The Parliament of Australia consists of the House of Representatives and the Senate. In October 1975, the ruling Labor party had passed appropriation bills in the House of Representatives, where they held a majority. The opposition Liberal party, which controlled the Senate, refused to pass those bills. The Liberal party objected to what they saw as expansive spending, particularly since signs indicated the country could be moving into a recession. The Liberal party wanted Prime Minister Gough Whitlam, leader of the Labor party, to call an election for the House of Representatives. Instead, Whitlam planned to call for an election in the Senate, hoping to seize control there.
Meanwhile, because Australia is a constitutional monarchy, Parliament has another element: Queen Elizabeth II is the head of State. The Queen’s representative at the time, Sir John Kerr, served as Governor-General. Kerr negotiated with both parties and recognized that neither the Labor nor the Liberal party would give in. He also knew that the supply (appropriations money) would run out on 27 November. Prime Minister Whitlam’s planned election to break the Senate stalemate wasn’t until 13 December.
Kerr sacked Whitlam on 11 November 1975 and put Liberal party leader Malcolm Fraser in his place. Fraser quickly passed the appropriations bills in the Senate. Kerr released the following statement on 19 November 1975:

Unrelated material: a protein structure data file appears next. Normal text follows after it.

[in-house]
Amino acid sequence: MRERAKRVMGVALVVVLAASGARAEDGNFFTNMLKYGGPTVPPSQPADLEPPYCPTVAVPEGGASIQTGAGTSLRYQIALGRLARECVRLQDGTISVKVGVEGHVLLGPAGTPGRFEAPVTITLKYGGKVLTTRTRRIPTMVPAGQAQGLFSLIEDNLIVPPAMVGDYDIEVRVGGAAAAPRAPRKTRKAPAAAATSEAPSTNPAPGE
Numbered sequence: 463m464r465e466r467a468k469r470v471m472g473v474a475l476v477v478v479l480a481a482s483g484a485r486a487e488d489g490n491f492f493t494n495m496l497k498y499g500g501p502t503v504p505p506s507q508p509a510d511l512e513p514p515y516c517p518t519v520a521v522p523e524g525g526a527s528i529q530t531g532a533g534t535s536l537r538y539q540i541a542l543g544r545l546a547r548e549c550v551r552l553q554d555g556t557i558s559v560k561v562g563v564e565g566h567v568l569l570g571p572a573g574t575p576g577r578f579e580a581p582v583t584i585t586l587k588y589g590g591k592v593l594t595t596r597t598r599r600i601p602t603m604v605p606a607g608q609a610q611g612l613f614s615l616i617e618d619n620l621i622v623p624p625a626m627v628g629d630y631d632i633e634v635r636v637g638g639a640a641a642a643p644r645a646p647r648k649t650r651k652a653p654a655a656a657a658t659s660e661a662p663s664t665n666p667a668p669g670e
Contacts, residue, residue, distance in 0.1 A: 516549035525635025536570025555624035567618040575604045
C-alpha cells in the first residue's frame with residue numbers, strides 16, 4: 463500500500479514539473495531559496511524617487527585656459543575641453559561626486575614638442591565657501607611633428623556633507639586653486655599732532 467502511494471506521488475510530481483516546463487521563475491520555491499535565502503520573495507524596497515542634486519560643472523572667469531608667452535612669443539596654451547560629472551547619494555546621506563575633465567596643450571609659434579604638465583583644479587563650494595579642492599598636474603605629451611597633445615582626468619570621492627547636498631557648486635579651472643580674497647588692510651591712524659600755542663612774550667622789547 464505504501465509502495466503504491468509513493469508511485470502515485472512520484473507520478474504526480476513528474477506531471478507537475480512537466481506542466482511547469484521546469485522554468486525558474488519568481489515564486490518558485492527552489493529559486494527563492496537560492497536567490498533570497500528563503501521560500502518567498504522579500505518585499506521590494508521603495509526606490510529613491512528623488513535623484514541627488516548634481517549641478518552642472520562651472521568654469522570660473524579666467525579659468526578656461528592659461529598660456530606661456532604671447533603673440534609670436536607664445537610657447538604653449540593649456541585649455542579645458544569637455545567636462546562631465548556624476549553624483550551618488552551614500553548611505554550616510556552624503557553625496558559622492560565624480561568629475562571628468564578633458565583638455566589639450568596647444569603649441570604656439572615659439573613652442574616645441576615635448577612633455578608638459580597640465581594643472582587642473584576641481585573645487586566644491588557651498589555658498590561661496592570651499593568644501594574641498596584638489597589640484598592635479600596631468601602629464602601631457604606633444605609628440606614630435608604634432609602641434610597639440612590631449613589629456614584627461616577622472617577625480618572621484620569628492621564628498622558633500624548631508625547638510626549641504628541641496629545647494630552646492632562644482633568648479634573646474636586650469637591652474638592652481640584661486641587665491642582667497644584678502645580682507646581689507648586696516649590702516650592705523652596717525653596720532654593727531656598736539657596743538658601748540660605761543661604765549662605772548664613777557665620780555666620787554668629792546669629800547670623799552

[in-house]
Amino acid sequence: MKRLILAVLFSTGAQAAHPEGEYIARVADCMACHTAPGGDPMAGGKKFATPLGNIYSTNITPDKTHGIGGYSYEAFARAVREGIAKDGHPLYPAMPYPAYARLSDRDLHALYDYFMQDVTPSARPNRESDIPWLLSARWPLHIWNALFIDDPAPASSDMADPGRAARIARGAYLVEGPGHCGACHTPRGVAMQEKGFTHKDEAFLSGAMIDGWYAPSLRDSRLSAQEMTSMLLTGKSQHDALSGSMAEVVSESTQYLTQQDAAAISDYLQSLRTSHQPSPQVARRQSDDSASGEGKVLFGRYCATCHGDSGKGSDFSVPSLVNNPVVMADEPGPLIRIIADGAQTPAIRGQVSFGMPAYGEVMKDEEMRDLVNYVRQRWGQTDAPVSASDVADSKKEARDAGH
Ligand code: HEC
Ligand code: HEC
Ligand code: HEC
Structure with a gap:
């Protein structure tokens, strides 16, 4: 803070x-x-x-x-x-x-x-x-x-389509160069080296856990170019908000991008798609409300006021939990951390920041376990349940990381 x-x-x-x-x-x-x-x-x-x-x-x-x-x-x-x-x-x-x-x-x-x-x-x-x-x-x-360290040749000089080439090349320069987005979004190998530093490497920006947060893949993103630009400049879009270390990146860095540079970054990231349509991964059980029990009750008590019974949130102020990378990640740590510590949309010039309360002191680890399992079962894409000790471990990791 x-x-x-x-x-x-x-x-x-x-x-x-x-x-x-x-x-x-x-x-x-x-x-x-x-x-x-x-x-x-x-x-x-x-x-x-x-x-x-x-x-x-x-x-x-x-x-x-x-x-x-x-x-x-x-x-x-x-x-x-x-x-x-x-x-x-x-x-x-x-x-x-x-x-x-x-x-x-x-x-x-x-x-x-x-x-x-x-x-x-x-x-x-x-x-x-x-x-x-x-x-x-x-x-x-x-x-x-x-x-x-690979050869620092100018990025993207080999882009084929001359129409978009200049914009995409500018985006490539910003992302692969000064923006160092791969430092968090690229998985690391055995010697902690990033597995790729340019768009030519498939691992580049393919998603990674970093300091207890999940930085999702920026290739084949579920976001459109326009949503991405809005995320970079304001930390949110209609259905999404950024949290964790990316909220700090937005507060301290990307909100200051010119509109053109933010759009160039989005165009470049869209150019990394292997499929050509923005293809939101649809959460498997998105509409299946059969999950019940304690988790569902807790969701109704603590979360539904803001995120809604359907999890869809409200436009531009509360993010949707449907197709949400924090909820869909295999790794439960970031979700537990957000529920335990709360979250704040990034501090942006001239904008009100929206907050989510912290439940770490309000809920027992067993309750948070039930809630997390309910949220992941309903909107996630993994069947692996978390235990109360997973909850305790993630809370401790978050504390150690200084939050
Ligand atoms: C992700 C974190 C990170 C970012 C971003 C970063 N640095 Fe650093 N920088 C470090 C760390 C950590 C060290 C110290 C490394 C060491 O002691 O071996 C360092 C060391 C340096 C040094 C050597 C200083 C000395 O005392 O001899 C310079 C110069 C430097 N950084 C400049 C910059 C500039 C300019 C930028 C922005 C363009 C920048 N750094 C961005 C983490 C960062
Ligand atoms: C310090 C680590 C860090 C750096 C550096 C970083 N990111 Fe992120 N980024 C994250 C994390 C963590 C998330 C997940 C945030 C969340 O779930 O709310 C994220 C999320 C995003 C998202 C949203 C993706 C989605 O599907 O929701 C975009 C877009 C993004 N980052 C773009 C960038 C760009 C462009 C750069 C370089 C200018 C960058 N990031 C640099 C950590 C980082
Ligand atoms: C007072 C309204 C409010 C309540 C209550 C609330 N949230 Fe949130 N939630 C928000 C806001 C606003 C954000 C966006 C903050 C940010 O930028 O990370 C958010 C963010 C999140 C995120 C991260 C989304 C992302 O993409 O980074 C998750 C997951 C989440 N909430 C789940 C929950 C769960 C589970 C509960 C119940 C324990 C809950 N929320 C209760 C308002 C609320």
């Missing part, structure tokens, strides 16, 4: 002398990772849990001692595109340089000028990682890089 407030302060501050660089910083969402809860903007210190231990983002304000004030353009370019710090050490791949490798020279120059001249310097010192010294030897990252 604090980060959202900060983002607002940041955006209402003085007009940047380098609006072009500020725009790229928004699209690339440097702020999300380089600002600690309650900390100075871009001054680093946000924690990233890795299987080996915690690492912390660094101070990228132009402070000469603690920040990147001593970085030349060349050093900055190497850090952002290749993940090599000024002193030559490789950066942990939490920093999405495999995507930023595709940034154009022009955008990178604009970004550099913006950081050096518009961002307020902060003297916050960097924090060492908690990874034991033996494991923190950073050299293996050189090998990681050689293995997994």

Because of the federal nature of our Constitution and because of its provisions the Senate undoubtedly has constitutional power to refuse or defer supply to the Government. Because of the principles of responsible government, a Prime Minister who cannot obtain supply, including money for carrying on the ordinary services of government, must either advise a general election or resign. If he refuses to do this, I have the authority and indeed the duty under the Constitution to withdraw his Commission as Prime Minister.
The resulting political turmoil from Kerr’s controversial actions has lasted many years, up until the current day. It is unknown how much Queen Elizabeth II was involved with her Governor-General’s decision. While Buckingham Palace maintains she knew nothing at all, there is a pending lawsuit to make her communications with Kerr public.
There has never been a government shutdown in Australia since. Those long-lasting reverberations from the 1975 crisis have convinced Australian politicians to never again hold appropriations bills hostage. There is an unspoken agreement between the parties that appropriations bills will always be passed, and Parliament will keep the government running.
Looking at our current crisis, I find myself wondering: Where’s Queen Elizabeth II and a Governor-General when you need them?